• Commander Saini

Can India Survive Internet Batten-Down?

Source: https://sputniknews.com/military/201709261057722451-indian-navy-lethal-new-warship/

Last month Russia undertook an exercise of internet isolation, where the Internet connectivity to the external world was deliberately disabled. The purpose of such an exercise was to see the survivability of the nation in case of cyberwar if the Internet access to Russia is denied. Also, there can be a situation where to prevent cyber-attacks; a nation may decide to cut off external internet communication.

The most critical impact of such a cyber-attack would be the non-availability of the Internet Exchange Point (IXP) and Top Level Domains (TLDs) such as .com and .org. Additionally Software and other support systems may also become unavailable. However, in a war-like situation these support systems, patches and software updates may themselves be cyber weapon injection point. Hence internet isolation may be a desirable state, even for a limited period.

China over a period of time has deliberately built the Internet isolation mechanism. China does not only perceive technical threats from the western world, but also understands the abuse of the internet as a tool of psychological warfare and culture pollution. Action Cambridge Analytica and some of the social media, deliberately intervening in shaping the mass thought of the nation have proven that is China is right. Snowden and Wikileaks have put the US at the same pedestal as China for intervening & exfiltrating information from other countries.

India has 3 international internet gateways at Mumbai, Chennai and Agartala. 99% of the internet to & from India can be blocked by shutting these three points. The uncontrolled routes are through satellite and rogue entry points from neighbouring country 4G & other microwave towers. Therefore the process to simulate batten-down internet is not difficult. Let’s see, which all basic infrastructures exist in India to prevent the total collapse of the intra-India Internet. All three landing points are technically designed to reflect back and prevent any Internet packets leaving or entering the physical territory.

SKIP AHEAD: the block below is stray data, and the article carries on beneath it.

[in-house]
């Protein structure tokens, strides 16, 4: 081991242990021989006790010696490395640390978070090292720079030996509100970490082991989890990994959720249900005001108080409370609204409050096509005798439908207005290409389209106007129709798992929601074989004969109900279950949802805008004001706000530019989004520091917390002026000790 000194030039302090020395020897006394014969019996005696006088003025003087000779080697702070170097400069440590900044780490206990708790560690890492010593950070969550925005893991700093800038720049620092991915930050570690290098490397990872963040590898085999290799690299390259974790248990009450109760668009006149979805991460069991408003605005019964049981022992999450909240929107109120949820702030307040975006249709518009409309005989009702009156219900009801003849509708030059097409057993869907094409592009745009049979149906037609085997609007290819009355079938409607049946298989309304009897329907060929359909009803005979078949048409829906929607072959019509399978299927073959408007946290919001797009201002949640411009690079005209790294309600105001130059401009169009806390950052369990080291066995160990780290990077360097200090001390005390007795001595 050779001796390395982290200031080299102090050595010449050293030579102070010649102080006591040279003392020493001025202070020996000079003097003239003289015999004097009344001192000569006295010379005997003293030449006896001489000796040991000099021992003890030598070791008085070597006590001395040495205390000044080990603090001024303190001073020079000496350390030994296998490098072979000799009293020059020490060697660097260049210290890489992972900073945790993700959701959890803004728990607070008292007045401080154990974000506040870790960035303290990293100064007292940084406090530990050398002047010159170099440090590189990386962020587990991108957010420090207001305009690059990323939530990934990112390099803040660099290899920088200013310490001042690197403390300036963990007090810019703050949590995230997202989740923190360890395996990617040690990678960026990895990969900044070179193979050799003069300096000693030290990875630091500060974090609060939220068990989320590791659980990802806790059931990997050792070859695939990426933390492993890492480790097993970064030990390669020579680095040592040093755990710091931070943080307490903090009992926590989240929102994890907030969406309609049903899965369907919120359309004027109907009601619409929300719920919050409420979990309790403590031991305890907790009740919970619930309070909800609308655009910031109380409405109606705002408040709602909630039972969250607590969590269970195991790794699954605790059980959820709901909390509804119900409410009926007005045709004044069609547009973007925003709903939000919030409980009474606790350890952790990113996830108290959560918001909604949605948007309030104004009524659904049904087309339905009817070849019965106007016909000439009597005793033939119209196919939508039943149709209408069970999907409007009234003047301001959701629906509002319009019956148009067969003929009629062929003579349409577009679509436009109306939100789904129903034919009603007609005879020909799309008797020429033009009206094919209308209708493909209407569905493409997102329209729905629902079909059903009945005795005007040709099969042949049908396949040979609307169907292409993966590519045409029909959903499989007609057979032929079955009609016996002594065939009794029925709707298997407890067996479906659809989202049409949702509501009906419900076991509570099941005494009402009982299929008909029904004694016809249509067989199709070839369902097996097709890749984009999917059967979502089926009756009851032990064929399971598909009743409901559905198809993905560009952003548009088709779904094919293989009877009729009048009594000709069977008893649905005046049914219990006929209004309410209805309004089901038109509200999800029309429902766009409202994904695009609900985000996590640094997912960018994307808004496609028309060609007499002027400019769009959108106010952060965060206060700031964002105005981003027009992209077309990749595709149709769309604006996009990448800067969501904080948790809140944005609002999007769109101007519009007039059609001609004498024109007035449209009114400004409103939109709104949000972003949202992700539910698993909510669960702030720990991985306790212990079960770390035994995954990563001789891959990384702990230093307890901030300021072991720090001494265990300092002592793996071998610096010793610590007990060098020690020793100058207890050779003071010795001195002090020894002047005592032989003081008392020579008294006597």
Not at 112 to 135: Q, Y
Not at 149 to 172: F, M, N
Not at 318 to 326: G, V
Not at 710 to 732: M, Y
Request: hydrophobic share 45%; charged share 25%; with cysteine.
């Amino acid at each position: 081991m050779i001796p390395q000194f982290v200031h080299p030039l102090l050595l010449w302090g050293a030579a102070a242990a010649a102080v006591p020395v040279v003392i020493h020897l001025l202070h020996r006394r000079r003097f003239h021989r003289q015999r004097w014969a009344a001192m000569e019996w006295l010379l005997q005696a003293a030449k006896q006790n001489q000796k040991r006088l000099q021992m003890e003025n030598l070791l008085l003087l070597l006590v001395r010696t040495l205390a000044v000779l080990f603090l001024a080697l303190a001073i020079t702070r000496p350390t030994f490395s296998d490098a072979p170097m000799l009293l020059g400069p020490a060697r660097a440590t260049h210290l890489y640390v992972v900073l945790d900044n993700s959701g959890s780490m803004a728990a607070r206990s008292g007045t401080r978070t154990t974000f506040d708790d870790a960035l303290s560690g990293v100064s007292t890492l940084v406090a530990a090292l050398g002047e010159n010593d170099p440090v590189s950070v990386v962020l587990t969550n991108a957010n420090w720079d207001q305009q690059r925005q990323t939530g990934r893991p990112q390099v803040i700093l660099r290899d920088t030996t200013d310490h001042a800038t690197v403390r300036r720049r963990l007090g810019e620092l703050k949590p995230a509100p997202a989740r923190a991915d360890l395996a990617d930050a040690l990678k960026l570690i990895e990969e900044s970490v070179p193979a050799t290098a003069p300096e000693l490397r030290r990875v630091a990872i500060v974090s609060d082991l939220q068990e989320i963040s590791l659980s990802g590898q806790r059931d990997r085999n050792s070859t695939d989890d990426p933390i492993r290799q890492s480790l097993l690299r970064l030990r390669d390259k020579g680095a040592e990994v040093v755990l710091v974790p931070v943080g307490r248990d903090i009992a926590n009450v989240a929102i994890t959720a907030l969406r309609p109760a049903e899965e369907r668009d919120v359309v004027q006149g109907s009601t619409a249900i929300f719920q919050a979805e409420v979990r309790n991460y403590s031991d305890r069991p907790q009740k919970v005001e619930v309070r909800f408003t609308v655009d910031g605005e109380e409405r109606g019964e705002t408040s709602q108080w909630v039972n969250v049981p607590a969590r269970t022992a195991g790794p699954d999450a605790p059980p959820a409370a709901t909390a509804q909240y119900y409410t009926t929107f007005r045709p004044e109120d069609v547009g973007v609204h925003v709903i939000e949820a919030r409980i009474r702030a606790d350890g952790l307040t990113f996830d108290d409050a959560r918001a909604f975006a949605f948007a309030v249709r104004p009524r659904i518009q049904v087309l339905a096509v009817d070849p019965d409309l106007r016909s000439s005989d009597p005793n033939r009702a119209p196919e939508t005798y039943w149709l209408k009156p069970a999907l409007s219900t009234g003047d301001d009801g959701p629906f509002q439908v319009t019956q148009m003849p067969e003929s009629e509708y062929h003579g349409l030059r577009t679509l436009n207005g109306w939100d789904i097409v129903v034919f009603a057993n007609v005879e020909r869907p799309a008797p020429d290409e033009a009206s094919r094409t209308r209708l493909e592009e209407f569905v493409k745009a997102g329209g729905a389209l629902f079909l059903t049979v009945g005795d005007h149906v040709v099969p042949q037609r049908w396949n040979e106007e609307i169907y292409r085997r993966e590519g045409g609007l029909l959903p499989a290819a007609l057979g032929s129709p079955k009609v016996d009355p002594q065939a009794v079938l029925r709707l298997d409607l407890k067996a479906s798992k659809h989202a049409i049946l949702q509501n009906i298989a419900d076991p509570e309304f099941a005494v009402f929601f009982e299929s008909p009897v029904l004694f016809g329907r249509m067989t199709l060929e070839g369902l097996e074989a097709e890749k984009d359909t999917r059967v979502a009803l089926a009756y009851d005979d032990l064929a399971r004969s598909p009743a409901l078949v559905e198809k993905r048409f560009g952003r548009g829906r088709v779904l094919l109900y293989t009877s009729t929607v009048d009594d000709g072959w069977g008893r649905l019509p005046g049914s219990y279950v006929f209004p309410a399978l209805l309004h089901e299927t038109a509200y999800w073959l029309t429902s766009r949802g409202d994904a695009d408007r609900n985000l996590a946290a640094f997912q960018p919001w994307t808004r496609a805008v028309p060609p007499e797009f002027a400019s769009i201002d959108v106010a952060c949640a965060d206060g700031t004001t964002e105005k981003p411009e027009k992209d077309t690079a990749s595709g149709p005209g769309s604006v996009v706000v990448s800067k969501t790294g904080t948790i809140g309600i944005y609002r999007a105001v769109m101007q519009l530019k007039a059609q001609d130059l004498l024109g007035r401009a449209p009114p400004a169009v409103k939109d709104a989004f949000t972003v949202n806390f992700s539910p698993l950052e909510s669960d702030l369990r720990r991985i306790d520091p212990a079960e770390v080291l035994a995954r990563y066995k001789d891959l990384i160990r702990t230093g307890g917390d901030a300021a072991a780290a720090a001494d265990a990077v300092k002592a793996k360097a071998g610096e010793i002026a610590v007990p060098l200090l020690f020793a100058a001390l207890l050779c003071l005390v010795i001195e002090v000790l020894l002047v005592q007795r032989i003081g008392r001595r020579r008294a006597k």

In 2003, India on special request of Defence forces and Intelligence agencies established National Internet Exchange of India (NIXI). At that point, all internet traffic of India used to go to Singapore and from there to the US & back for Internet Exchange purpose. The defence establishment used to feel uncomfortable that it’s classified data is also travelling to the US and back which is considered a security risk. Initially, NIXI had five Centres in Mumbai, Delhi, Chennai, Kolkata and Bengaluru. Later on Ahmedabad, Hyderabad and Guwahati IXP were added. NIXI is now planning to establish Network Operation Centres (NOC) at Mohali and Lucknow. At present, NIXI has peak capacity 806GBits/s. NIXI is a non-profit government organisation. A private organisation, Mumbai Internet Exchange (Mumbai IXP), was founded in 2014. Soon they will add 3 Internet Exchanges at Delhi, Chennai and Kolkata. This IXP has a peak capacity of 250 Gbits/s. Thus the aggregate peak capacity to keep Intra-India Internet alive is about 1 Tbits/s which is less than 1/10th of China capacity. It will be a subject of serious study if these Internet Exchange Points can bear the load if India is battened-down?

Another vital facet for isolated internet infrastructure to survive is Domain Name resolution. In Jan 2005 the government established first National level Top level domain server ccTLD for root .IN (later .भारत). With in Indian territory 16 Root servers which are continuously in-sync with other root servers were established, three are controlled by the Government through NIXI. These root servers are at Mumbai(7), Delhi(5), Kolkta(2), Bengaluru(1) and Chennai(3). Further to strengthen the internet infrastructure, in 2012, Domain Name resolution India Registry for Internet Names and Numbers (IRINN) was recognised by Asia Pacific Network Information Centre (APNIC).

Therefore, technically speaking India has the reasonable infrastructure to survive Internet isolation challenges, but there is a need to check sizing and load-bearing abilities of these critical facilities. Also, there is a need to check the country's resiliance in case such cyber war-like situation.

Better prepared than perish.